What are some fall allergies
The best strategy is to avoid raking leaves or mowing the lawn until the drop allergy season is over. But if you’re the family member responsible for yard work, take precautions love wearing goggles and a face mask, suggests Dr. Schussler.
Keep pollen exterior, where it belongs.
You can’t avoid pollen when you’re walking around exterior, but you can do your best to make certain it doesn’t hitch a ride home with you.
Wear a cap when outdoors to hold pollen from attaching itself to your hair, and remove cap and shoes when you come inside.
(Also, go ahead and be that person who asks every houseguests to remove their shoes.)
Change immediately into indoor clothes, and rinse off before bed so you don’t trail pollen onto your pillow and sheets. Keeping windows closed and running an air conditioner with a HEPA filter can also assist, suggests Dr. Schussler.
Keep track of pollen counts.
If you know exactly which allergens you react to (a visit to your allergist can narrow it down), you can hold track of when that pollen is at its highest levels, and plan your outdoor activities accordingly.
Download a free app such as Pollen.com’s Allergy Alert, which will give the forecast for specific pollens in your city.
According to the Asthma and Allergy Foundation of America, pollen counts are highest correct after dawn in rural areas; in urban environments, prime sniffle time is between 10 a.m. and 3 p.m.
Since rain and freezing weather slow below the release of pollen, your best bet for an outdoor adventure is generally just after a rainfall.
Look into long-term relief.
If you’ve made your home an allergen-free sanctuary, avoided jumping in leaf piles, and fully stocked your medicine cabinet yet still feel miserable each drop, talk to your allergist about trying a long-term treatment via allergy shots. With this form of immunotherapy, your body gets acclimated to the allergen that’s tormenting you through a series of shots that increase in dosage. The build-up stage can take three to six months and involves weekly or even twice-weekly shots in the doctor’s office.
Once you’ve reached the appropriate dose, you’ll need shots only once or twice a month.
A newer form of treatment, called sublingual immunotherapy, replaces shots with tablets that dissolve under the tongue. The grand news is that you can take these tablets in your own home, and research shows that they may work as well as allergy shots. So far, health authorities own only approved tablets for just a few specific allergens, but if drop ragweed is your mortal enemy, you’re in luck – there’s a tablet for that.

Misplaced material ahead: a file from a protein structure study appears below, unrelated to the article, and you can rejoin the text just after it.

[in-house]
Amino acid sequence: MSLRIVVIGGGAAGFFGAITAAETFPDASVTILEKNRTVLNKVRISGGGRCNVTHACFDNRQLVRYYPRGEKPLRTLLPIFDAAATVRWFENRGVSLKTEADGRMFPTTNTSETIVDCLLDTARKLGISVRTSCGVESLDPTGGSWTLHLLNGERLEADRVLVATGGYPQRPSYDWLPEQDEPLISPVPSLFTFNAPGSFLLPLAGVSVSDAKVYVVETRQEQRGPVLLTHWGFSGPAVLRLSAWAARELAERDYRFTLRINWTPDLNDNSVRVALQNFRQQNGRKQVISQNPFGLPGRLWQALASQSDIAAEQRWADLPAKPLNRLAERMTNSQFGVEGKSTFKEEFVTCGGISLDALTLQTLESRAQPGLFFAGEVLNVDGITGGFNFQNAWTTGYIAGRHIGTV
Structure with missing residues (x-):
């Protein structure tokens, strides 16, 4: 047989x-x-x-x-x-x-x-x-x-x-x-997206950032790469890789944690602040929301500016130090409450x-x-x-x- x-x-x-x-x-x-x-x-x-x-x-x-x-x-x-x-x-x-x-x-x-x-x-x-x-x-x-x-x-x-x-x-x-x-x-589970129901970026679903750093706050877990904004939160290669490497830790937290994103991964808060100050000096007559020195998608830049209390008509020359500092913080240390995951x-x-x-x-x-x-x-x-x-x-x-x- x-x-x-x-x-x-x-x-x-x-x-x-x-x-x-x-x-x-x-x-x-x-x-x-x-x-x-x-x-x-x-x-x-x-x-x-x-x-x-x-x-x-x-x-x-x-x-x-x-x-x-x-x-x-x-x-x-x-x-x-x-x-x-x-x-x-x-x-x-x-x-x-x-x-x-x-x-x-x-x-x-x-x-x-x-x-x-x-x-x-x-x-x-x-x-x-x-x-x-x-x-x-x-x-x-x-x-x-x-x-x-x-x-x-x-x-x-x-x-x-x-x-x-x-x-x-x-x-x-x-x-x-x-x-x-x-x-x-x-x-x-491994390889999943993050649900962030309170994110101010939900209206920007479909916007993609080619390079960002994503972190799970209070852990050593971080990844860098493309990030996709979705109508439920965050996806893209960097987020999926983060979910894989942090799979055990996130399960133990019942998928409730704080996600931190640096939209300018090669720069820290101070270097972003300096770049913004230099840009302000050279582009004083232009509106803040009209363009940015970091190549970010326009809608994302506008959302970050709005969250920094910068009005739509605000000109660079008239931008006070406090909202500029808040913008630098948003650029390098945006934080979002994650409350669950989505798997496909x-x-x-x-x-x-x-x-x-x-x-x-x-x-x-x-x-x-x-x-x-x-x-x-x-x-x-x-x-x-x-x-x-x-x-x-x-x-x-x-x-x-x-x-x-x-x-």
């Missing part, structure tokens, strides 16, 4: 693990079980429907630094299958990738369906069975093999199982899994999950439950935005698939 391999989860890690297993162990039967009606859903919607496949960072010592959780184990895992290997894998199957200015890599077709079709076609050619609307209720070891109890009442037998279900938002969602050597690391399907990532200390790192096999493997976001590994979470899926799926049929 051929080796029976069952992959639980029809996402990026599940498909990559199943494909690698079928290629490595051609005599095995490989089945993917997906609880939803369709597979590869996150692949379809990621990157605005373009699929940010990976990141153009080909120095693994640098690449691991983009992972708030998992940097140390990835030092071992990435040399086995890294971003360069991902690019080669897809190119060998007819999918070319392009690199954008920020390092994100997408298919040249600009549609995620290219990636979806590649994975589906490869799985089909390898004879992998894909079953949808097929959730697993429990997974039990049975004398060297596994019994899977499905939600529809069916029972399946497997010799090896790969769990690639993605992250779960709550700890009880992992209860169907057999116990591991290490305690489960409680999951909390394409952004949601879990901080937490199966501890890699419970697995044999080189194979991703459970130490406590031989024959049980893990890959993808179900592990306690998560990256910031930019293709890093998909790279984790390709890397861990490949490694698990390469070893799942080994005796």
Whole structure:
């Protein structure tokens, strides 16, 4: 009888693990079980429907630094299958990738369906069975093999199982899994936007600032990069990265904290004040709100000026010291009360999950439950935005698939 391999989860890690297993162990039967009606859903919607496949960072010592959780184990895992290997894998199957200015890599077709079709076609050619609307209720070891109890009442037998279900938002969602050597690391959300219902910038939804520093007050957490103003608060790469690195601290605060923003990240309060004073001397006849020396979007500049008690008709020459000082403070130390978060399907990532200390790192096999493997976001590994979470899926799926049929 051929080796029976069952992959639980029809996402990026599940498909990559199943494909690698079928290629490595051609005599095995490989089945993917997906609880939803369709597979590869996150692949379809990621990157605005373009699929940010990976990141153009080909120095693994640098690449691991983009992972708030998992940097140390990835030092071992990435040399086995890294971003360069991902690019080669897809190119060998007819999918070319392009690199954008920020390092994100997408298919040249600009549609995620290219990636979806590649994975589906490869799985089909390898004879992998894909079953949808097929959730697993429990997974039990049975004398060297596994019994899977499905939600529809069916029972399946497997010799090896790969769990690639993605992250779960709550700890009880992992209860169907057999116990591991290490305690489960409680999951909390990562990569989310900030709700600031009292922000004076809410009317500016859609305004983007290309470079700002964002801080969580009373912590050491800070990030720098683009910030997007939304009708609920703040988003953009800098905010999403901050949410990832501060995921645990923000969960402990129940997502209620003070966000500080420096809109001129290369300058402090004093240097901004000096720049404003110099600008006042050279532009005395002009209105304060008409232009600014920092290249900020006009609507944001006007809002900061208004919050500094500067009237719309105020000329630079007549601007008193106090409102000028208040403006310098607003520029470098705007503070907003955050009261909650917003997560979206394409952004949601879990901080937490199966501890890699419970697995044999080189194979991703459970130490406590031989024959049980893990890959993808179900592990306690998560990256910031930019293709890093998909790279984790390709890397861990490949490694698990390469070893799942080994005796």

Marisa CohenMarisa Cohen is a Contributing Editor in the Hearst Health Newsroom, who has covered health, nutrition, parenting, and the arts for dozens of magazines and web sites over the past two decades.
There’s no contesting that allergy season is annoying AF.
You’re supposed to *finally* be running exterior again or picnicking in the park, but instead, you’re stuck inside trying (key word) to breathe through snot and see through watery, itchy eyes.
And if it feels love your allergies own gotten worse the final few years, you’re not incorrect. After a consistent increase in the intensity and length of allergy season over the final several years (you can blame climate change), allergy season 2020 will likely be worse than usual or potentially the most intense and longest yet if the trend continues. Whomp, whomp.
Allergy symptoms—those watery eyes and stuffy nose, along with sneezing fits, coughing, wheezing, and hive- or eczema-like rashes—happen when your immune system essentially freaks out over an otherwise harmless substance (like pollen). Delightful, huh?
But even if the above symptoms sound every too familiar, there is excellent news: You can fight back against allergies—and the sooner you get started the better. That means knowing when exactly allergy season will start this year, and how to prep your body for any allergen invaders.
Start taking medications before the season starts.
Talk to your allergist about the best OTC or prescription medications to treat your symptoms early on. These can include antihistamines (which come in pills, nasal sprays, and eye drops), steroid nasal sprays, mast cell inhibitors, and leukotriene modifiers.
Simple saline sprays or drops can literally wash the pollen out of your nostrils and eyes.
It’s best to start taking antihistamines a few days before the season starts, says Dr. Schussler. That way, you may not start producing histamines (the chemicals in your body that cause every the itchiness and dripping) at every. Depending on where you live, this preparation could start as early as the beginning of August.
Dry up any dampness in the house.
Mold grows where it’s moist, so be certain to regularly wash and dry bath mats and towels.
If you must use a humidifier in your home, clean it out at least twice a week so mold doesn’t grow in the water tank.